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Shipping Rates Decline to Zero... Yes, Zero

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Last week we covered the importance of the Baltic Dry Index, which everyone now knows has been in the process of collapsing since 1007. But what does it mean if shipping rates to decline to zero? Simply put, this: the 1992-built, 151,492 deadweight tonnage Frontier, owned by Hanjin Shipping, was chartered to ship 150,000 tonnes of coal at a rate of US$6.80 per tonne, which one broker said “calculated as a negative return on this vessel.”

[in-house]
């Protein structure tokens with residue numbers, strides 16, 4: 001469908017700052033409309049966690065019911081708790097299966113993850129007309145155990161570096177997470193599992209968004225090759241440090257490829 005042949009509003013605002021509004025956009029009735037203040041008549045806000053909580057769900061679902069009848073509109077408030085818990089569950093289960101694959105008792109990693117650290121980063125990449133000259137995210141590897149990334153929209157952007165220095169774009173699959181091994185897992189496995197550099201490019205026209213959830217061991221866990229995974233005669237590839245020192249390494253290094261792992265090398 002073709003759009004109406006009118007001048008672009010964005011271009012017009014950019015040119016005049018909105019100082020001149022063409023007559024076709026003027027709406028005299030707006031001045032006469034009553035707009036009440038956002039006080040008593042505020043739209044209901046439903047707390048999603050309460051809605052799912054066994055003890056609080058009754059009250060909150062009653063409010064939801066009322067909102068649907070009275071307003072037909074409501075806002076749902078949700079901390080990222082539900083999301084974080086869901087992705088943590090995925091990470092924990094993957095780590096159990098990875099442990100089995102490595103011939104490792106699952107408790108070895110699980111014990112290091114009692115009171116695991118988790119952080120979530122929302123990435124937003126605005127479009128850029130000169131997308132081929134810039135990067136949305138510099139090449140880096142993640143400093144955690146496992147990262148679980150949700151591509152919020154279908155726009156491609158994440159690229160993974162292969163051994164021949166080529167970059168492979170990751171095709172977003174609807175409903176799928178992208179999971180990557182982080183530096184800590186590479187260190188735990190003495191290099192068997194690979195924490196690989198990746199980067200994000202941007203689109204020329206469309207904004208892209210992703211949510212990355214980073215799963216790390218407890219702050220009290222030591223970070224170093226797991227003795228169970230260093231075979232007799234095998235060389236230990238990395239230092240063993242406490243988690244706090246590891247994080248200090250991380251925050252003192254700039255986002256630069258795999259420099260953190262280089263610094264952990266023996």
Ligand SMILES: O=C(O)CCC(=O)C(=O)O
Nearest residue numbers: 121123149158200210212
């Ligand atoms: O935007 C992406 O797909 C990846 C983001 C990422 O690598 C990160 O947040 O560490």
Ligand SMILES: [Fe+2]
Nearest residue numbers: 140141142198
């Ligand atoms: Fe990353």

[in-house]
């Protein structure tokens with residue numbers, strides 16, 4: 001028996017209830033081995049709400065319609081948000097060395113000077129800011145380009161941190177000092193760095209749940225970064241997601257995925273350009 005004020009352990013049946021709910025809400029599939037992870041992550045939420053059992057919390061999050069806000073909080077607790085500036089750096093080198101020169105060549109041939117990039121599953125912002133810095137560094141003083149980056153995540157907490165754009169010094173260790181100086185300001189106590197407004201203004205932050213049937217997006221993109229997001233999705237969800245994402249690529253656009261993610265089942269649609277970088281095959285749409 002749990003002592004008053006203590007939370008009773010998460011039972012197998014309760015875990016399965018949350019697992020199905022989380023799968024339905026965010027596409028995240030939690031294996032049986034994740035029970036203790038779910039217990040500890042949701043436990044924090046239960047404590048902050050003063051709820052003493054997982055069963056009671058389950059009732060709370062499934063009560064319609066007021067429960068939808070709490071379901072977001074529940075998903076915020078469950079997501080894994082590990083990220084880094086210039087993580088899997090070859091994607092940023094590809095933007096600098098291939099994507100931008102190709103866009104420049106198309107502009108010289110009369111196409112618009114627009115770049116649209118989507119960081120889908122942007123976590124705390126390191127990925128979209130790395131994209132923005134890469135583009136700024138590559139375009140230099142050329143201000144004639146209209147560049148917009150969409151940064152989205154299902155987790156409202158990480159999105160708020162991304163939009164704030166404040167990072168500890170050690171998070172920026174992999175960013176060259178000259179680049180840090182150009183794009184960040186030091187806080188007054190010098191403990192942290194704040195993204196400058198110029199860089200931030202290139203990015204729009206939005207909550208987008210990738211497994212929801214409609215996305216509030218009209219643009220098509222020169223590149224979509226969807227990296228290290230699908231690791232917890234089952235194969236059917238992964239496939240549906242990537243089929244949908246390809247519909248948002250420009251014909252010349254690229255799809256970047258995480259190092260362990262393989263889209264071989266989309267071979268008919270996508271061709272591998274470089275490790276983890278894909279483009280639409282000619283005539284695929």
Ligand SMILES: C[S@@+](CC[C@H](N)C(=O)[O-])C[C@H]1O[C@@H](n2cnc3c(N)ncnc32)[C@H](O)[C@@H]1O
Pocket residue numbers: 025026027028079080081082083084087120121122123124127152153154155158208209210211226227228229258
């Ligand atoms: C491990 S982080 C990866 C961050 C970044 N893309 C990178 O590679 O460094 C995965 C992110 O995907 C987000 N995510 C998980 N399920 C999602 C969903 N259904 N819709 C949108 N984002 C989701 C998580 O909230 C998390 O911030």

Basically, that means the rate doesn't cover the cost of port expenses and bunkers. From the article:

"Last week, voyage rates to transport iron ore from Western Australia to China remained around the “low six or six-even” dollars per tonne, according to one broker. This equated to loss-making time charter equivalent of between US$7000 and US$8000 dollars per day, he said.

“At this rate we’re talking about way, way below break even,” he said."
POSITION:  No positions in stocks mentioned.